Yep, I’m being solipsistic again. Here’s another review over at Graeme’s Fantasy Book Review.
I finally got round to picking the book up last weekend and finished it last night in a fit of ‘I can’t stop reading, I really must find out how it all ends…’ It turns out that everyone was right and my anticipation of ‘Nights of Villjamur’ was well founded…
… The bottom line is that Newton writes an engaging tale full of different subplots that all come together to form a picture you’d only half guessed at while you were reading. ‘Nights of Villjamur’ has something for everyone and it’s all good. If you’re after a noir thriller then follow Inquisitor Jeryd down the mean streets as he attempts to solve a murder that has everyone baffled. If you’re after something political then Villjamur is full of competing factions that are all out for power and will stop at nothing to get it. If all you want is a bit of honest thievery and the sound of swords clashing in anger then there is plenty of that as well.
The events portrayed in ‘Nights of Villjamur’ are guaranteed page turners and the characters involved are just as engaging. Newton takes his time going into what it must be like living in a world approaching its end and how this can affect people’s decisions. Some characters stick to what they know whether that’s the upholding of the law or following their own base desires. In a dying world where change can be seen as pointless some characters do develop and these journeys are the ones that are worth following. There is enough going on in these pages to make reading the sequel pretty much essential as far as I’m concerned…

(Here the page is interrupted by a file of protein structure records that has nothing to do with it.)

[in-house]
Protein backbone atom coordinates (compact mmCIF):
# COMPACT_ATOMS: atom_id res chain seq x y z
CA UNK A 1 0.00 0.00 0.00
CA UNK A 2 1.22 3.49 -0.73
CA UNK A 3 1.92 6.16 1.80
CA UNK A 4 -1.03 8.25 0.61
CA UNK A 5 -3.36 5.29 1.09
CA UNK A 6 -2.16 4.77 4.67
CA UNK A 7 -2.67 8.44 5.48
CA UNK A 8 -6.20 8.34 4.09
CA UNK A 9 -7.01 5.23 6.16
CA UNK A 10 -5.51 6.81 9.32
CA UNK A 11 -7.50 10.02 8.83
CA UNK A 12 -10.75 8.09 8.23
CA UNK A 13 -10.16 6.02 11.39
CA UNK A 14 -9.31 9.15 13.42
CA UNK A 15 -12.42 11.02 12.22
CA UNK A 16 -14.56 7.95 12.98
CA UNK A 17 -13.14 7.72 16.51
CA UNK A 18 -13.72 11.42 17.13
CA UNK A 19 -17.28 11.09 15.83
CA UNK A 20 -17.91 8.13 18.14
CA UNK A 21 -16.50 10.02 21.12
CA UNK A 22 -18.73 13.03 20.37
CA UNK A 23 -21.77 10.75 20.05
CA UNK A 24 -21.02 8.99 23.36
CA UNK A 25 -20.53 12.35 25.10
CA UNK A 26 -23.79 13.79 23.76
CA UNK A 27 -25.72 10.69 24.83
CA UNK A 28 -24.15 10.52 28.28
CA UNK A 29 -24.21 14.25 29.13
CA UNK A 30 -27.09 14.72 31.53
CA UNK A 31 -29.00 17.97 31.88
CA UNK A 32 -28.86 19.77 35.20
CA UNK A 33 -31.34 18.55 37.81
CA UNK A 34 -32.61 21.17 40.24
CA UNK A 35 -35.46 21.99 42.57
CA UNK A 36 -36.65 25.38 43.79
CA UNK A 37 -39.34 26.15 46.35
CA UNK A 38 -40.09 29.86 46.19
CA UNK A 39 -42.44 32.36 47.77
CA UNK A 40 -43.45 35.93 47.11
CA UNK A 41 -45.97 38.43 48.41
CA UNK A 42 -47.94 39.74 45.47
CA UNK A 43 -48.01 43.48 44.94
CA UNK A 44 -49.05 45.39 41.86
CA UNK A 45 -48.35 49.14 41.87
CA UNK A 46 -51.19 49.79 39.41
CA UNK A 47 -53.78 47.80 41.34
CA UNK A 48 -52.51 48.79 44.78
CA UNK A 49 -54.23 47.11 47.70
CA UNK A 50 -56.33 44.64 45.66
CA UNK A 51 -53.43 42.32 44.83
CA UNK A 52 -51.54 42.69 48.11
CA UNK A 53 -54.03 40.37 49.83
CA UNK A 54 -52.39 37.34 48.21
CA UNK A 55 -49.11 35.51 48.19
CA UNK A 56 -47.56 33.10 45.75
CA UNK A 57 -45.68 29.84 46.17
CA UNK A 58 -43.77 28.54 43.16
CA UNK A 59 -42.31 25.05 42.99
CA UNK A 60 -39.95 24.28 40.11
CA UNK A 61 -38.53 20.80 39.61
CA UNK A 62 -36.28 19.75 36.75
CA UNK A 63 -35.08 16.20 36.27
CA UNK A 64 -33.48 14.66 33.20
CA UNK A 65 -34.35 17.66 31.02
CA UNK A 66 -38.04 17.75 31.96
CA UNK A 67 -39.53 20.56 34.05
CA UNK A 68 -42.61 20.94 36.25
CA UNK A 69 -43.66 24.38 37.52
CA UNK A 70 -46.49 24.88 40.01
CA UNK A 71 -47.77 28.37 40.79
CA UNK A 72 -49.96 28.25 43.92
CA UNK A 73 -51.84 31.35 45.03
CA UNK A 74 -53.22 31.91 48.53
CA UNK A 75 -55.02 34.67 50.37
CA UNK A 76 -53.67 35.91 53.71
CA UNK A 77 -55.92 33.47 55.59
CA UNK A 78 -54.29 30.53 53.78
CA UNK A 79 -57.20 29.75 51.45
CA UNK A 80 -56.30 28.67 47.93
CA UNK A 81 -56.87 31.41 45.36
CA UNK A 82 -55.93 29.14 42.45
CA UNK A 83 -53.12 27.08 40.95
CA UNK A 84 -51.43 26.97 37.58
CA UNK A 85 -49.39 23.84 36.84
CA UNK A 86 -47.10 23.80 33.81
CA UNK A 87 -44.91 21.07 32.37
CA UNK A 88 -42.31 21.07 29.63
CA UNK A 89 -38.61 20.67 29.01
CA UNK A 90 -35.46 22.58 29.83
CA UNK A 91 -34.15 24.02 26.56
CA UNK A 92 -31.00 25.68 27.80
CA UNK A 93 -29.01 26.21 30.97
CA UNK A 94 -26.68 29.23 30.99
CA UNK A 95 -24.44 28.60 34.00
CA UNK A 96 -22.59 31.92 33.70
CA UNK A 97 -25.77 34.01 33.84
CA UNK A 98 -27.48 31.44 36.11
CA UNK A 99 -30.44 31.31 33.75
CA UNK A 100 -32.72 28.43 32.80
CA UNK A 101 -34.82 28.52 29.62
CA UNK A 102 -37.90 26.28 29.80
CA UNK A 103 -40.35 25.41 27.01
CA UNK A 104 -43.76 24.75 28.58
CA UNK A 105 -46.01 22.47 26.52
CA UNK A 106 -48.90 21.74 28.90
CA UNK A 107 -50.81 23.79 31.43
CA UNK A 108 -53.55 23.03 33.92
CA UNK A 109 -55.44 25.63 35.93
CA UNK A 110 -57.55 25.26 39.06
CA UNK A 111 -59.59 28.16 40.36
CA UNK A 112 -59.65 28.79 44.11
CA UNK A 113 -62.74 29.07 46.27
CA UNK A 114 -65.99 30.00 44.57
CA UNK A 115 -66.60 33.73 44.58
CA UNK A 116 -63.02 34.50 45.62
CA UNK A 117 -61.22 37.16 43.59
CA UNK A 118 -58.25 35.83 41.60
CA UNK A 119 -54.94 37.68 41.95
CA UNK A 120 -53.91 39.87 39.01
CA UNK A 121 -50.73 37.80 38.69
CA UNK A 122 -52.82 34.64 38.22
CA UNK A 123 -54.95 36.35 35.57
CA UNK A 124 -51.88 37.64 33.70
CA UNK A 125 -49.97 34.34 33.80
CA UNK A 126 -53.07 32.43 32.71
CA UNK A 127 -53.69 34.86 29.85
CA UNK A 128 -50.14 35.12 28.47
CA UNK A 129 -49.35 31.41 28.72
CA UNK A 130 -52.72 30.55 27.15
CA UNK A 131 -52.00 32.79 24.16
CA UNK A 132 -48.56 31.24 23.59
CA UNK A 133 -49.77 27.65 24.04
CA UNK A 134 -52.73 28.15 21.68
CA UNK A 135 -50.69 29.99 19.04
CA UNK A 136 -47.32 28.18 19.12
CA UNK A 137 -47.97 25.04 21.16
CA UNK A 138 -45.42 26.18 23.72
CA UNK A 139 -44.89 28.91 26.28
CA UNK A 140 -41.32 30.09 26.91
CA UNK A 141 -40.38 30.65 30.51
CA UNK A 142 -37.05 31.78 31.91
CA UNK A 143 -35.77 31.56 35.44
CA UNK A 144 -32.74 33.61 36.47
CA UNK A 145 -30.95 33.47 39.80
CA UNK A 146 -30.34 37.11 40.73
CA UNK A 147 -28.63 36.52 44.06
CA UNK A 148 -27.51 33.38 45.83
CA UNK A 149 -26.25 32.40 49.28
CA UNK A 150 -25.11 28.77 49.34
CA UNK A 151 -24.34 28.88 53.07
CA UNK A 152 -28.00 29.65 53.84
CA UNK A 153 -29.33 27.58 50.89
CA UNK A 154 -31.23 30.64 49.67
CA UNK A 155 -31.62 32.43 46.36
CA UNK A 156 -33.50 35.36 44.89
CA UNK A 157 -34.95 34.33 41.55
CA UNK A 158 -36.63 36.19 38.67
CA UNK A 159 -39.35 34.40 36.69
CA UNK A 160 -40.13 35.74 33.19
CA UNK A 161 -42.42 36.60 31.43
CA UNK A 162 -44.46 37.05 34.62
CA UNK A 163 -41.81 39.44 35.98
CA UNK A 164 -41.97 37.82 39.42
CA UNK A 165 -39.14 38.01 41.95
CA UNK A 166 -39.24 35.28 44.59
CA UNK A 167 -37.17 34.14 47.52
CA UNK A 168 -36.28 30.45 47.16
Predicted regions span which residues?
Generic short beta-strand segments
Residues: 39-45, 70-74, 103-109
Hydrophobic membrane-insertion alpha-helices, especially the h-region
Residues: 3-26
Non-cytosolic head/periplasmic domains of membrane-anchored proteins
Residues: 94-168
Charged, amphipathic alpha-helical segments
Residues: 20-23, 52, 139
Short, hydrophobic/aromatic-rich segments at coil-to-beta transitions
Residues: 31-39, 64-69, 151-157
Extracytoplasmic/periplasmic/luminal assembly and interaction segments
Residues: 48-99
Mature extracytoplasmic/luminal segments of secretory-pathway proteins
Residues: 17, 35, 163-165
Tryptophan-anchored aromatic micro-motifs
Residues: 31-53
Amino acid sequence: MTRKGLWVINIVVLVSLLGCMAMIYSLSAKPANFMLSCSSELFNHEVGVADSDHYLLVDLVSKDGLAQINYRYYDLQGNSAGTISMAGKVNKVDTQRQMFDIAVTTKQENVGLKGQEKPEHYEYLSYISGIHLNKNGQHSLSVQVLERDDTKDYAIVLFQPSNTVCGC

Nine and a Quarter out of Ten
I don’t know where I lost that .75 of a point. Must. Try. Harder.
And here’s another just in, from King of the Nerds (what a great blog name!):
This was by and large one of the best titles I’ve read this year. Had Tor U.K. not sent me an ARC for review I’d be converting my dollars into pounds and not regretting that fact for a single moment…
The subtle blending of fantasy, horror, noir, and fantasy results in an interesting and enthralled final product that has a lot to offer just about any reader. Marketing material and reviews mentioned Charon amongst such speculative fiction luminaries as M. John Harrison, Stephen Erikson, and even China Mieville. To an extent those comparisons are accurate but to be fair I think Newton has managed a synthesis of styles that deserves to be examined in its own right rather than solely with the context of his literary forbears. As I’m almost certain I’ve mentioned before that is courtesy I do not necessarily extend every book my way. As a debut novel (at least with a major publisher, The Reef had a small print run but I might have to track it down anyway, but even as a second novel) Nights of Villjamur is surprisingly mature bit of prose that I would hope to see on any list of modern fantasy classics and in the coming years I’m willing to be we’ll be seeing Newton’s name amongst those aforementioned luminaries (maybe on some other new author’s book). As I said before there is no official U.S. date, a shame for fantasy fans here stateside and the U.K. market has to wait to June to pick this one up. This is a book that fantasy fans are going to want read; highly recommended.
Now that’s set the weekend up very nicely indeed.